Apple juice. Lucozade. Fancy house parties with canapes. Less fancy house parties with amorous activities. A missing necklace and a one night stand. Not the ingredients you’d expect to spark an amateur murder investigation, but this is the journey Tumulus takes us on.
Drawing this all together is our unreliable narrator, Anthony, clearly battling demons of his own. We are intrigued as he becomes convinced that the man he had slept with, but did not have feelings for, did not take an overdose but was murdered. He takes it upon himself to solve this mystery as a humorous, self-aware sleuth Sherlock Holmes complete with a hat, trench coat, therapist and an addiction.
The strength of Tumulus is in it’s compelling story, brought to life by an incredible cast. Props, technology, physical theatre and the power of ensemble bring nuance in the different worlds and characters Anthony encounters in London to life. Humour carries us through the story along with repeated settings, motifs and physicality. These elements are also blended together to draw out suspense among the audience. We are left hanging onto the edge of our seats in several unexpected turns, unsure if are witnessing reality, the world of a drug fuelled trip or the breakdown in a mans sanity. We repeatedly question our protagonists’ honesty and moral centre and it speaks volumes on the production that this only serves to draw us further into the story.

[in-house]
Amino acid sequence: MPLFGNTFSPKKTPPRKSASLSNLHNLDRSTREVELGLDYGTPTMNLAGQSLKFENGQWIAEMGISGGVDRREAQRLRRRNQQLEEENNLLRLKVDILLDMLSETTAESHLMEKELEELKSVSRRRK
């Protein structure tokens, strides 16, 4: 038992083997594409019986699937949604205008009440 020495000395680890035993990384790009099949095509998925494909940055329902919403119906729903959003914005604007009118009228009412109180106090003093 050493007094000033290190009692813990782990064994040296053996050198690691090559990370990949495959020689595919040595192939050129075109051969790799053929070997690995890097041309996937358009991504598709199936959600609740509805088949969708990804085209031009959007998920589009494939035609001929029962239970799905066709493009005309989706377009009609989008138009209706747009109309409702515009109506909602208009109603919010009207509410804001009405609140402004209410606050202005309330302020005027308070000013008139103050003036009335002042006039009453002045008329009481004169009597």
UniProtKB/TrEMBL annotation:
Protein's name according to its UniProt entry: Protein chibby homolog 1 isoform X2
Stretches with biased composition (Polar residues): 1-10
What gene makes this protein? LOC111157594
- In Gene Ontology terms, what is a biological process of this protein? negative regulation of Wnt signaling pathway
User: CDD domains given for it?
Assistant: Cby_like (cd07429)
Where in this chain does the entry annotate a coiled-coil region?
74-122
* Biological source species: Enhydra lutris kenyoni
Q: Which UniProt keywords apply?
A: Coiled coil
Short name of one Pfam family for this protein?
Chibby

The script expertly layers both character development and plot points with social issues. This is done subtlety and successfully. You will leave the theatre realising that the #metoo movement has thus far widely stepped over many members of the LGBTQIA community including gay men. Tumulus leaves you wondering why and when some of those conversations will start.